I’m still basking in the afterglow of my recent trip to Nicaragua, so Sunday I grabbed an Undercrown Corona Viva for my afternoon smoke. I think I picked this up on a visit to Cigars International’s store in Hamburg, PA. It wasn’t a very nice spring weekend, but the rains stopped long enough for me to enjoy the heck out of this cigar. I think this is my favorite size in the Undercrown line, although I have trouble finding fault with any of the sizes I’ve smoked. Saying that these are the poor man’s Liga Privada would be incorrect, as I still think they are a little pricey. But they are worth the splurge. I actually have (as do all of us blogger/media types who were on the trips, a Corona Viva along with four “grado puros” of the Ligero, Viso and Seco which I will smoke all at once some day and attempt to report upon my findings. I’ve done this before and it’s a sure way to burn out the palate. Maybe it will be a good subject for a rare video. Great smokes, the Undercrown, and they will always bring back fond memories.
Monday I selected my last La Palina Maduro in the toro size. It’s hard for me not to like a cigar wrapped in San Andreas maduro leaf. These are nice smokes, heavy on the coffee and dark flavors I relish in a cigar. It was a humid evening, and this one wasn’t burning as nicely as I’d like. I actually let it go out after the dog took us on a bit of a romp through the neighborhood. She got loose and took a route toward home that we were unable to follow due to the briars and underbrush. We walked home hoping she’d be there and when she wasn’t I took a walk down the yard and toward the woods and eventually spotted here wandering through a neighbors yard. I came back with her (leash still attached) and sat down and finished my smoke. Having to frequently re-light and touch up was well worth it for the flavors. This was a sample graciously provided by La Palina, but I will purchase these to have on hand as they are a darned satisfying smoke. Perhaps in the future I’ll keep these in a slightly drier humidor.
Tuesday evening I was in a lancero mood. This mood strikes me every now and again and I have a handful to choose from. I decided another refugee from Cigar Safari would hit the spot, and selected a CyB Lancero from Joya de Nicaragua. This is a cigar that’s probably not on store shelves yet, but when it is, get some. The CyBs (nee Cuenca y Blanco) I’ve had have underwhelmed me a bit, but to be fair, I’ve only had the toro size from the IPCPR show. I need to pick up some of the other sizes. A couple of important (to me) factors of this cigar which stood out were the aesthetics. This is a beautiful cigar, and it burned dead even, and when I tipped the ash it left a perfectly flat coal. This tells me that incredible care was taken to make sure all of the components were arranged in that thin ring gauge so that all of the different tobaccos burned at exactly the same rate. I also really enjoyed the flavor of this lancero. It was smooth and perfectly balanced. I smoked one on the trip, but it was after several cigars and the nuances were largely lost on me (they usually are anyway, who am I kidding?) I smoked this down to about a half inch, it was so good. A V-cut was perfect, the cigar was perfect, and I would have been happy if it had been about a foot longer! It adds to my enjoyment when I’m personally acquainted with the people who blended this, and I had the good fortune to have spent time with both Dr. Cuenca and José Blanco on my trip. True gentlemen who know what they are doing. Many thanks to José for making sure I had one of these lanceros to smoke on a fresh palate and truly enjoy!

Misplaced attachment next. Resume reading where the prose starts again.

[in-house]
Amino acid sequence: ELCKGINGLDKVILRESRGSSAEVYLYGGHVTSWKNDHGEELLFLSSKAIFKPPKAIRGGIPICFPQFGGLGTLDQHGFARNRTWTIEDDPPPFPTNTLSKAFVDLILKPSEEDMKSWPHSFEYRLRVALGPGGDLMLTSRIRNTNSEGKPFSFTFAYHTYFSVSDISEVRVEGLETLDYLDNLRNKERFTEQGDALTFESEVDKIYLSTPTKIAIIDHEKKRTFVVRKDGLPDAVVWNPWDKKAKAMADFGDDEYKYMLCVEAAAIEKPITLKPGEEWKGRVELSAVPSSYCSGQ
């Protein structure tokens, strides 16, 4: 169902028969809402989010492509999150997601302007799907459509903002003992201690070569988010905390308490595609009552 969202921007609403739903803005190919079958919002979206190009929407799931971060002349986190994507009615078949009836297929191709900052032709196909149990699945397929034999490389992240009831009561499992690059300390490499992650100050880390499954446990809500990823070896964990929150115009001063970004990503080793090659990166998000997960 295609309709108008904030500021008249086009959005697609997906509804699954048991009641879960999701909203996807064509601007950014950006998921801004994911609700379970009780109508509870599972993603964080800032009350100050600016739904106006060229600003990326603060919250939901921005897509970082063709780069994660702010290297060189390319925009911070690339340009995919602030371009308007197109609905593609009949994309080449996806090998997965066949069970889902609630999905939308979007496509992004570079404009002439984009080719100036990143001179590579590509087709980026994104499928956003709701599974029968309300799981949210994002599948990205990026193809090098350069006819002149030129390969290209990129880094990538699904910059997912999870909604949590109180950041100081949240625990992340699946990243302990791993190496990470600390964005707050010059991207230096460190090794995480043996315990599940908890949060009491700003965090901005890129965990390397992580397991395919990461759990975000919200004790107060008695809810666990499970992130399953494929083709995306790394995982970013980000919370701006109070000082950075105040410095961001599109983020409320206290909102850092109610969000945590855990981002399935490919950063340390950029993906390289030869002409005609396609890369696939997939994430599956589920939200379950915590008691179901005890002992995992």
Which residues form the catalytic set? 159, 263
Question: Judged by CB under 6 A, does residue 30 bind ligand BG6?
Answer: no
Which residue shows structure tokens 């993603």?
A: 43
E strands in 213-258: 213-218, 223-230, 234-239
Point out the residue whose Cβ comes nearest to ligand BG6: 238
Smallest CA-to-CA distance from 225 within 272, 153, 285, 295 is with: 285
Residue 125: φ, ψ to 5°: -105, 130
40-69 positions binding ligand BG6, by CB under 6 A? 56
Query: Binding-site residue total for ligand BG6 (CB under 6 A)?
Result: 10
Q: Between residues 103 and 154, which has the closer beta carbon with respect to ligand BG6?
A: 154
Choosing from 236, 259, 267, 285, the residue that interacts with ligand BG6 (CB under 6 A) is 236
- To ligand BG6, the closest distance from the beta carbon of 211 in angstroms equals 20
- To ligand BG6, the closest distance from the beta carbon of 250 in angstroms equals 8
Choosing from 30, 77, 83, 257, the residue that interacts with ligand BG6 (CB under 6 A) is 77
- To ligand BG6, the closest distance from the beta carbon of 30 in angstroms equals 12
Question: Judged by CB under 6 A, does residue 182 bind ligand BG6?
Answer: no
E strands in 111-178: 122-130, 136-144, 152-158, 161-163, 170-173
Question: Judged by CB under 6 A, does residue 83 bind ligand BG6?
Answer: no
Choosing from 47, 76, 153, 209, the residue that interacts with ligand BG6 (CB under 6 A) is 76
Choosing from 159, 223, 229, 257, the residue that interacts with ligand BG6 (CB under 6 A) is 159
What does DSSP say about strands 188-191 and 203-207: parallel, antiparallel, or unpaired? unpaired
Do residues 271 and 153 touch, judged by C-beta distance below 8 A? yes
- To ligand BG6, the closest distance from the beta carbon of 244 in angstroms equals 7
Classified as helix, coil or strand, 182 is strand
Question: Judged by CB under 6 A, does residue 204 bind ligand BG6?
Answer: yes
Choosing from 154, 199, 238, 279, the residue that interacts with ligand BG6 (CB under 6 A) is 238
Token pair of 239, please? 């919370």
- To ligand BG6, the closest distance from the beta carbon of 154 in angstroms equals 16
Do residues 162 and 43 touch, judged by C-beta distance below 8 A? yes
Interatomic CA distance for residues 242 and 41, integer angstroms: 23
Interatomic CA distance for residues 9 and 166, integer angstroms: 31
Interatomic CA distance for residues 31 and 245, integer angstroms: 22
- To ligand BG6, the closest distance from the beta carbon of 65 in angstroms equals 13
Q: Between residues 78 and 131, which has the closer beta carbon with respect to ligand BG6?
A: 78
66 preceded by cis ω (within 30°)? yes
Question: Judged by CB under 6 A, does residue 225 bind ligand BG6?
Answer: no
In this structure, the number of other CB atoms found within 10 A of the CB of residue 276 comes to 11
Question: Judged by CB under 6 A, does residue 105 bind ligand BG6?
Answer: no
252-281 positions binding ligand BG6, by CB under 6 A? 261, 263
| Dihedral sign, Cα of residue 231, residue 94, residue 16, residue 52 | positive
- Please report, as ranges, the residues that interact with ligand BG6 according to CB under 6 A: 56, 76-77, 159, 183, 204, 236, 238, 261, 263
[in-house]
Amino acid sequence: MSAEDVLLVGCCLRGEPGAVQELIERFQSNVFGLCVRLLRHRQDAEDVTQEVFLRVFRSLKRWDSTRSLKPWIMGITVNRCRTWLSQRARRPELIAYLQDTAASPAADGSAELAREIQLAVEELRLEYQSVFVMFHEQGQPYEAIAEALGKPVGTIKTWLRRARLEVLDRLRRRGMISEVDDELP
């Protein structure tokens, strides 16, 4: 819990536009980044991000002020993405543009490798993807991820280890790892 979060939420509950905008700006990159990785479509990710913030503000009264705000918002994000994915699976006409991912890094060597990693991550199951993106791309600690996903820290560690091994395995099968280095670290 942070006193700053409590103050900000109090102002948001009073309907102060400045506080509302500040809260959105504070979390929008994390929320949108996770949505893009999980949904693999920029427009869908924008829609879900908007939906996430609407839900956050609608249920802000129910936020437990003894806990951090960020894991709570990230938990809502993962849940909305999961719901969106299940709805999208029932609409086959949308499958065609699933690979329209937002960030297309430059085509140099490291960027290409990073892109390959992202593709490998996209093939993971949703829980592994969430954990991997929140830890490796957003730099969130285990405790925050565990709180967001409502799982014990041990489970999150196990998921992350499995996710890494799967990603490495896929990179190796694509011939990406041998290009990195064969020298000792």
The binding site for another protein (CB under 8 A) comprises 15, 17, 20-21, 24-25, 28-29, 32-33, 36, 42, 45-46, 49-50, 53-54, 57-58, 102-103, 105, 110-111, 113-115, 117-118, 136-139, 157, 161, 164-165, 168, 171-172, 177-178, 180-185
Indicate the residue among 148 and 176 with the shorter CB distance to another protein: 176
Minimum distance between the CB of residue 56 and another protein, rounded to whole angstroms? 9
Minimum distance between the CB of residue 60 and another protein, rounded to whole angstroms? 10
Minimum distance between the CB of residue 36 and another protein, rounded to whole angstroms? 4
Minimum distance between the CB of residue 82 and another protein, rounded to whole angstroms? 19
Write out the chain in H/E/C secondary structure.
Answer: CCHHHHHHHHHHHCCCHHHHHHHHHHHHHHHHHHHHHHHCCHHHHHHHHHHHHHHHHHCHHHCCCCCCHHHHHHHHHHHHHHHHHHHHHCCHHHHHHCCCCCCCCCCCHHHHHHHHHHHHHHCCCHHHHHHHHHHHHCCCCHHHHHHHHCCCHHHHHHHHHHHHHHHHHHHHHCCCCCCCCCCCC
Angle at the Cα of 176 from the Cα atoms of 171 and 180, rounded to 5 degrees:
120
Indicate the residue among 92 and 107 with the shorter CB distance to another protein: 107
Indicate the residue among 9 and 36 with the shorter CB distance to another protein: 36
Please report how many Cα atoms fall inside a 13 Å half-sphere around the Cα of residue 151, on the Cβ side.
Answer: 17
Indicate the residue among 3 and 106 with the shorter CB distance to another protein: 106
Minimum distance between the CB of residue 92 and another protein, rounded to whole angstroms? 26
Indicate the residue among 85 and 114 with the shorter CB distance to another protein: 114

The consolation prize from last week’s contest will be going out tomorrow to Lloyd, but I still haven’t heard from smoke770. I’ll have to go and e-mail him now since he’s slacking on me. I sure hate having to track down guys to give them goodies!
As I write this evening,outside on the deck in lovely spring weather, I’m enjoying a Tortuga 215 Edicion Limitada from Victor Vitale’s Legacy Brands Cigar Company. This is a cigar that is growing on me quite a bit, I’m afraid. It’s a solid cigar that is loaded with flavor. These are made in the Domincan Republic, with a Nicaraguan wrapper and binder and Nicaraguan and Dominican fillers. This one got an X-cut, that is crossed V-cuts because the single V wasn’t doing it for me and I didn’t have a straight cutter on me. Do I have to carry two cutters now? Nice smoke, but I still like the incredibly elusive Tortuga 1950 Natural Aged Maduro better. Keep an eye on Legacy Brands.
That’s enough rambling for one evening, I’m going to try to get to a cigar event Friday, then pick out some good cigars for the holiday weekend. Be careful out there and enjoy your smokes!
Until the next time,